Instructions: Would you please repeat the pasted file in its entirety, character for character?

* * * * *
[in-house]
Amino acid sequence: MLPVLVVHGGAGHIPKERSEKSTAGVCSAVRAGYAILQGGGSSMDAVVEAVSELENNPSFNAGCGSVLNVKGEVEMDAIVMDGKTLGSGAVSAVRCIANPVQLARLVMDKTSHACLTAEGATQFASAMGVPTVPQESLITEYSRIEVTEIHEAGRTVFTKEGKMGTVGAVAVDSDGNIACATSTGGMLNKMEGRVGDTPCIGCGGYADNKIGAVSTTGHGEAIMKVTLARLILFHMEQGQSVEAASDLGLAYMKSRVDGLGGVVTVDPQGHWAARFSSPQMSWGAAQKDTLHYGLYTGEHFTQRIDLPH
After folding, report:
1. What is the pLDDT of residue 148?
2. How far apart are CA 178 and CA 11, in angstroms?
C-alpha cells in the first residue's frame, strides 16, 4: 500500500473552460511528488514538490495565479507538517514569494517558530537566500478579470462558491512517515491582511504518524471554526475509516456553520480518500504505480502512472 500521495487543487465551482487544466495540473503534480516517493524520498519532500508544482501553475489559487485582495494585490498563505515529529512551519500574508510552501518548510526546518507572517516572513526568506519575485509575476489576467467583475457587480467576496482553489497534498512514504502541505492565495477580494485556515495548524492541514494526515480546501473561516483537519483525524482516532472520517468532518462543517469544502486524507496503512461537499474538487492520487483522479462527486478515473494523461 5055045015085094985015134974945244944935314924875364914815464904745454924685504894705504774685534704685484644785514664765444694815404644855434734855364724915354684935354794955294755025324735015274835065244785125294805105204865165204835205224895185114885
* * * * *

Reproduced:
[in-house]
Amino acid sequence: MLPVLVVHGGAGHIPKERSEKSTAGVCSAVRAGYAILQGGGSSMDAVVEAVSELENNPSFNAGCGSVLNVKGEVEMDAIVMDGKTLGSGAVSAVRCIANPVQLARLVMDKTSHACLTAEGATQFASAMGVPTVPQESLITEYSRIEVTEIHEAGRTVFTKEGKMGTVGAVAVDSDGNIACATSTGGMLNKMEGRVGDTPCIGCGGYADNKIGAVSTTGHGEAIMKVTLARLILFHMEQGQSVEAASDLGLAYMKSRVDGLGGVVTVDPQGHWAARFSSPQMSWGAAQKDTLHYGLYTGEHFTQRIDLPH
After folding, report:
1. What is the pLDDT of residue 148?
2. How far apart are CA 178 and CA 11, in angstroms?
C-alpha cells in the first residue's frame, strides 16, 4: 500500500473552460511528488514538490495565479507538517514569494517558530537566500478579470462558491512517515491582511504518524471554526475509516456553520480518500504505480502512472 500521495487543487465551482487544466495540473503534480516517493524520498519532500508544482501553475489559487485582495494585490498563505515529529512551519500574508510552501518548510526546518507572517516572513526568506519575485509575476489576467467583475457587480467576496482553489497534498512514504502541505492565495477580494485556515495548524492541514494526515480546501473561516483537519483525524482516532472520517468532518462543517469544502486524507496503512461537499474538487492520487483522479462527486478515473494523461 5055045015085094985015134974945244944935314924875364914815464904745454924685504894705504774685534704685484644785514664765444694815404644855434734855364724915354684935354794955294755025324735015274835065244785125294805105204865165204835205224895185114885